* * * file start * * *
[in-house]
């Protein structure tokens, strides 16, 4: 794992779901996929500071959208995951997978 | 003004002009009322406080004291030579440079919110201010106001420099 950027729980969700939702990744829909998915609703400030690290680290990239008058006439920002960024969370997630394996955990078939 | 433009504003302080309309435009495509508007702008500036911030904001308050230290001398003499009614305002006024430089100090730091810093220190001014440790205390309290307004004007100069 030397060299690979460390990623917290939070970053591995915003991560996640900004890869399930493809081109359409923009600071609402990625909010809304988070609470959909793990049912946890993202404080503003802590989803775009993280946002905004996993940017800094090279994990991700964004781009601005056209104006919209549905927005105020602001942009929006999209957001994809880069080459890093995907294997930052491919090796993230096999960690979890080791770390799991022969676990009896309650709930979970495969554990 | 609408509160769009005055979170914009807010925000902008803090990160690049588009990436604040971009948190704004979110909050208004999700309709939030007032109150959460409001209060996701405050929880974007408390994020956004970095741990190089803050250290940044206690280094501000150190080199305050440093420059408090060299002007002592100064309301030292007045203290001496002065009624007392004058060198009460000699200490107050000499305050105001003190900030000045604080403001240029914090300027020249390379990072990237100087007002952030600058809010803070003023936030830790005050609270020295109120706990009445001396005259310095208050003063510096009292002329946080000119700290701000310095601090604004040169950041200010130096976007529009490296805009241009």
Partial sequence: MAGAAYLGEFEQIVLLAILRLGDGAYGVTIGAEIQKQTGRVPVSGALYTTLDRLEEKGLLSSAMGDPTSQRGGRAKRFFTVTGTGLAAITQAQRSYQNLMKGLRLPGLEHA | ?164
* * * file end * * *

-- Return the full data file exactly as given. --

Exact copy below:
[in-house]
């Protein structure tokens, strides 16, 4: 794992779901996929500071959208995951997978 | 003004002009009322406080004291030579440079919110201010106001420099 950027729980969700939702990744829909998915609703400030690290680290990239008058006439920002960024969370997630394996955990078939 | 433009504003302080309309435009495509508007702008500036911030904001308050230290001398003499009614305002006024430089100090730091810093220190001014440790205390309290307004004007100069 030397060299690979460390990623917290939070970053591995915003991560996640900004890869399930493809081109359409923009600071609402990625909010809304988070609470959909793990049912946890993202404080503003802590989803775009993280946002905004996993940017800094090279994990991700964004781009601005056209104006919209549905927005105020602001942009929006999209957001994809880069080459890093995907294997930052491919090796993230096999960690979890080791770390799991022969676990009896309650709930979970495969554990 | 609408509160769009005055979170914009807010925000902008803090990160690049588009990436604040971009948190704004979110909050208004999700309709939030007032109150959460409001209060996701405050929880974007408390994020956004970095741990190089803050250290940044206690280094501000150190080199305050440093420059408090060299002007002592100064309301030292007045203290001496002065009624007392004058060198009460000699200490107050000499305050105001003190900030000045604080403001240029914090300027020249390379990072990237100087007002952030600058809010803070003023936030830790005050609270020295109120706990009445001396005259310095208050003063510096009292002329946080000119700290701000310095601090604004040169950041200010130096976007529009490296805009241009």
Partial sequence: MAGAAYLGEFEQIVLLAILRLGDGAYGVTIGAEIQKQTGRVPVSGALYTTLDRLEEKGLLSSAMGDPTSQRGGRAKRFFTVTGTGLAAITQAQRSYQNLMKGLRLPGLEHA | ?164